This post contains affiliate links. If you buy through these links, I may earn a small commission.
Here in the Cariboo, we have clay based soil that we are always trying to amend. I had never even seen heavy clay soil before we moved here. It was pretty disappointing when we quickly planted a garden after we moved in.
We came here at the beginning of June and maybe 3 days later, we had our first garden in. We planted mostly potatoes which are good for breaking up the soil.
We didn’t think we would have much of a harvest that year. But the garden did better than we thought it would and we had some beets, peas, salad greens and even pole beans.
The pole beans were a mistake here but I didn’t know that. Turns out we only have about 1 month frost free, so I had to put sheets over the pole beans every night. Then I would remove them in the morning. A real pain that was.
One of the first books I bought about homesteading and gardening on a larger scale was Carla Emery’s book Encyclopedia of Country Living. I am still often looking something up in this awesome book. It is full of widespread information about different aspects of homesteading – growing food, preserving food, raising animals.
There is lots of information about the importance of building your soil. And wow, did our soil need improving. Solid clumps of clay are hard to garden in!
How to Amend Clay Soil for a Garden
You can amend soil by enriching it. Use aged manure or compost. Grow some cover crops that are rich in the nutrients your soil needs. Getting your garden soil tested is a great first step.
Here’s what she says about using buckwheat as a form of green manure….buckwheat works very well for us as we have a shorter gardening season (Canada Zone 3) and it matures so quickly.
“Buckwheat grows especially well in moist, cool climates and cold areas, from Pennsylvania north into Canada. But is grows acceptably well in many other regions.
Buckwheat is also a good grain choice if you have poor soil, especially if it’s sticky, dense clay, because buckwheat roots break that up and make it loose. Buckwheat is not a good choice if you have nitrogen-rich soil. It will grow to tall and be likely to fall over. (p.156)”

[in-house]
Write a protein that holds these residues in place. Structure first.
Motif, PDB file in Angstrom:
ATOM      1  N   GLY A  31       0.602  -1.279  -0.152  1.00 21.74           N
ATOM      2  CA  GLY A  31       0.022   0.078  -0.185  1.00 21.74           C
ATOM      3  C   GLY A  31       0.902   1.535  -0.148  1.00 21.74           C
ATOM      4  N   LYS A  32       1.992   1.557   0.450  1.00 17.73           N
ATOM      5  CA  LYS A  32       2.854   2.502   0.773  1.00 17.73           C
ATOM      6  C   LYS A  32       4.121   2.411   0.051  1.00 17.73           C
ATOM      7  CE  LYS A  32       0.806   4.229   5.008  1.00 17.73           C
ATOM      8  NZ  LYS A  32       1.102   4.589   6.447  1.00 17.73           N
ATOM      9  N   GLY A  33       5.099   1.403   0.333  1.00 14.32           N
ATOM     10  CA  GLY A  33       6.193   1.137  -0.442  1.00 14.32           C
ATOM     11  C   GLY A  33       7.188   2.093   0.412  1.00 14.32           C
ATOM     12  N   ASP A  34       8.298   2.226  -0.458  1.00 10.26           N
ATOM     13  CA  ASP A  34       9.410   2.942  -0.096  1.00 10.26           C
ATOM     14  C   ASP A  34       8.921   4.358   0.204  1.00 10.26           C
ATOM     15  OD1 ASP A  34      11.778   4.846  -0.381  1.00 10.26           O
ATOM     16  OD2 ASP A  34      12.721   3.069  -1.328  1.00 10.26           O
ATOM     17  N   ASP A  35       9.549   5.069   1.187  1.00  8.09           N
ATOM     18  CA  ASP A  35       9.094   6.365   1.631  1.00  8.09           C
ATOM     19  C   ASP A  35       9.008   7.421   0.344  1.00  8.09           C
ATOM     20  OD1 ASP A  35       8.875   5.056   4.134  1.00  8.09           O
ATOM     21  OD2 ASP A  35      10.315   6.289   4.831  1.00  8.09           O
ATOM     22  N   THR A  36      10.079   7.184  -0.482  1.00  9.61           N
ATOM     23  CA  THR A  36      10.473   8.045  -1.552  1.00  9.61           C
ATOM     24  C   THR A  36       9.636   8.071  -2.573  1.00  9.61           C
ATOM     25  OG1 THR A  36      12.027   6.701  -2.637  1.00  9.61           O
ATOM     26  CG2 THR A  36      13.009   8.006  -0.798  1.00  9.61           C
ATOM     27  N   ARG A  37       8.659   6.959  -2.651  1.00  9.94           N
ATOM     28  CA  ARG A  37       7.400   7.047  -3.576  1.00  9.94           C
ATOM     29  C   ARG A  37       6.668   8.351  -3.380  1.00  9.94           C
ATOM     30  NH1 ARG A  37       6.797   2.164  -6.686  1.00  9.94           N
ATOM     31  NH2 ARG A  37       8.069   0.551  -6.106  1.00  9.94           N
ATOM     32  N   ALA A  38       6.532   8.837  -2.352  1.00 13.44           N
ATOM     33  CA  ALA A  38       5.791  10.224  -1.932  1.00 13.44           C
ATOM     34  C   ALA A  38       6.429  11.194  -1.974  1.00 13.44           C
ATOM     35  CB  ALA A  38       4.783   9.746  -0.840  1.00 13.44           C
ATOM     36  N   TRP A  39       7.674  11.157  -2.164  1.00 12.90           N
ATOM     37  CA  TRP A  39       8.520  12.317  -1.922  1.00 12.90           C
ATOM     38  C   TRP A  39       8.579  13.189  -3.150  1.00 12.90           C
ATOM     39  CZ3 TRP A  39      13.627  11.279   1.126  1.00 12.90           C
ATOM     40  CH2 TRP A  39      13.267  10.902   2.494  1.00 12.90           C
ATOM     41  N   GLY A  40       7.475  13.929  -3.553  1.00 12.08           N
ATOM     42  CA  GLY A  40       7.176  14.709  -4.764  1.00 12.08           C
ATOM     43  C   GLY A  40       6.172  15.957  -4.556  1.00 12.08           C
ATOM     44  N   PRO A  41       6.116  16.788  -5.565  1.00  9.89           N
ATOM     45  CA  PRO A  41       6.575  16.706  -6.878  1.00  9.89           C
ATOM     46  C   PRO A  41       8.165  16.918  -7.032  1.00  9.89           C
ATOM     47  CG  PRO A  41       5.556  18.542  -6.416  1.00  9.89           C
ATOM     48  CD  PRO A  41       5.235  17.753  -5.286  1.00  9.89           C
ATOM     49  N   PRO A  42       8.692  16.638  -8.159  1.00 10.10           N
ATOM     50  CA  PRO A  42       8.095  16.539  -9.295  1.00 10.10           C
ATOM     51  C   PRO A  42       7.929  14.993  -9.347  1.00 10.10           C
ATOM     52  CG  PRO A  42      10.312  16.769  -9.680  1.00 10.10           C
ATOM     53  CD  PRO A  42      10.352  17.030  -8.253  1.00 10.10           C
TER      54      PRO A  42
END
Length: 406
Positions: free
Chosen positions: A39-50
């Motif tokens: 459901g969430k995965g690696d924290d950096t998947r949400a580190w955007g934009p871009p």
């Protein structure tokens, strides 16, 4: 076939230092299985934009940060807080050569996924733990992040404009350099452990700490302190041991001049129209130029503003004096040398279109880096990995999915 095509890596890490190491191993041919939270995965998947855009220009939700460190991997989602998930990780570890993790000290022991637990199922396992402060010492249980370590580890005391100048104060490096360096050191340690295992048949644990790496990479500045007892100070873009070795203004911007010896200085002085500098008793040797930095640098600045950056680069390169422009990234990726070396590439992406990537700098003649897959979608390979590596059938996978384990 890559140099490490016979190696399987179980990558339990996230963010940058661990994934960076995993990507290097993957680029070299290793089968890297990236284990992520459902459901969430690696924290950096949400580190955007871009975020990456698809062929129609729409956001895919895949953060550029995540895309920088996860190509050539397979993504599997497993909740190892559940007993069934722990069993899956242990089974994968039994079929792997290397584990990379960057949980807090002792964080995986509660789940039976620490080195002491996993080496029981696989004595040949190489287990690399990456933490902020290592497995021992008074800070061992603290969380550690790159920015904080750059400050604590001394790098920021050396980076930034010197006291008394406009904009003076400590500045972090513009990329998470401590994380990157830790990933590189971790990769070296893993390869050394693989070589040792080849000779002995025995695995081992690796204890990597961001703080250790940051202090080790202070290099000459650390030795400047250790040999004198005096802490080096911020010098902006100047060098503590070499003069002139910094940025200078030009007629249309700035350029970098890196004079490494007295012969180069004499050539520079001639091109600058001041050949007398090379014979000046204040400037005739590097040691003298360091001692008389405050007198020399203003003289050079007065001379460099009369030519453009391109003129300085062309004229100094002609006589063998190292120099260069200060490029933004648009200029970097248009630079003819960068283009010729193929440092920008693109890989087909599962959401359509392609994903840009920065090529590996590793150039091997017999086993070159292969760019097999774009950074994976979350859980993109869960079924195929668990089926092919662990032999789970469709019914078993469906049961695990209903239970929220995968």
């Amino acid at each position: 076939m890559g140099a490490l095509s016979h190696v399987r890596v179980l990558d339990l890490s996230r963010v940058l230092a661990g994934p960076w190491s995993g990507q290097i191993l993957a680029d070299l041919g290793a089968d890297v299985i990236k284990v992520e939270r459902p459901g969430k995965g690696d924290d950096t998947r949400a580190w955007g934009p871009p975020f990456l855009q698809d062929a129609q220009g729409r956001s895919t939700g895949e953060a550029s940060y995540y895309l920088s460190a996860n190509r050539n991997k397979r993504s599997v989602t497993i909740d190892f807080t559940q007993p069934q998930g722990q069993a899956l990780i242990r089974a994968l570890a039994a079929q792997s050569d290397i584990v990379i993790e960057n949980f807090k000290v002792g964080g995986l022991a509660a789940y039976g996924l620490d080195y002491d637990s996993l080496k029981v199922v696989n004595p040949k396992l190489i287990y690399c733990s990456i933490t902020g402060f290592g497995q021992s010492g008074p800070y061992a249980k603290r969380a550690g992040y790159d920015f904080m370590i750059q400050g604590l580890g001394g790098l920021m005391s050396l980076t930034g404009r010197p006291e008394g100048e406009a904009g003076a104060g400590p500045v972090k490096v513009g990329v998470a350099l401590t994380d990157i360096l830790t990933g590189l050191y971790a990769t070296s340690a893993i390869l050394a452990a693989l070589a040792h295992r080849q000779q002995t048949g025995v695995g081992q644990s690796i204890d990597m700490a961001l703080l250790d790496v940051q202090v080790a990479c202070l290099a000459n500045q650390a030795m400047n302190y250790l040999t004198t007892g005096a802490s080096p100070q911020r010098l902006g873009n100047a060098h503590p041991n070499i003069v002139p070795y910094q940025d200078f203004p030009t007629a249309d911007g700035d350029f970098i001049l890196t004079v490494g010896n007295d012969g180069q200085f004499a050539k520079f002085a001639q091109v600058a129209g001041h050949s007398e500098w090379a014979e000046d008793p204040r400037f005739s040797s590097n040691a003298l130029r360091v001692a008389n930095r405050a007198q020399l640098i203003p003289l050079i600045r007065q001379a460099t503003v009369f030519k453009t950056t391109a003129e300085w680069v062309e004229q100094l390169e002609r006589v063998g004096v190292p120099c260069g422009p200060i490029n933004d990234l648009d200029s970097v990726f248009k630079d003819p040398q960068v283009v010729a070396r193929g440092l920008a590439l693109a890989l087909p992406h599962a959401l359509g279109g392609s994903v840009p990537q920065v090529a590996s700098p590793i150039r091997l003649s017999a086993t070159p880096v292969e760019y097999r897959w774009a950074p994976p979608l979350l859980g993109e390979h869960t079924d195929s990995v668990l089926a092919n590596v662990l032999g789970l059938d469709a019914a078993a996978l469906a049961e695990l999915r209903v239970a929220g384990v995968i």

We have always used fall rye as a green manure for the garden. We sow it in the fall and in spring, once growth starts again, we till it in. This has been a big help for us and we also use it in harvested areas of the garden during the gardening season
There is a “grain quiz” in Carla’s chapter on Grasses and Grains, and here’s a bit more info on buckwheat. If you just plowed up a pasture and want a plant that can wipe out any grass trying to come back, which grain should you plant? ANSWER = Buckwheat
Which grain can you plant in your garden in July, on ground free-up by harvesting vegetables, that will give you a good crop before frost? ANSWER= Buckwheat
Here’s an article on Buckwheat we wrote a few years ago. You can learn more about how to use Buckwheat to build up your soil.
In addition to the buckwheat and rye, we add as much manure to the garden as possible including pig, chicken and horse. Adding old bedding from animal pens is done as well. The hay/straw breaks down and adds to allow air into the soil.
We get wonderful harvests from our gardens. Vegetables, berries, perennial veggies like asparagus and rhubarb – we grow enough to fill our cold room and eat lots of great fresh food!
Each year the garden soil has improved and we can tell by the texture. It’s lighter and fluffier than last year, and last year was better than the year before. The more compost, green manure, straw etc we add – the better the soil will become.
Want to find out which are The 5 Easiest Vegetables to Grow?
Grab the free download available only to subscribers!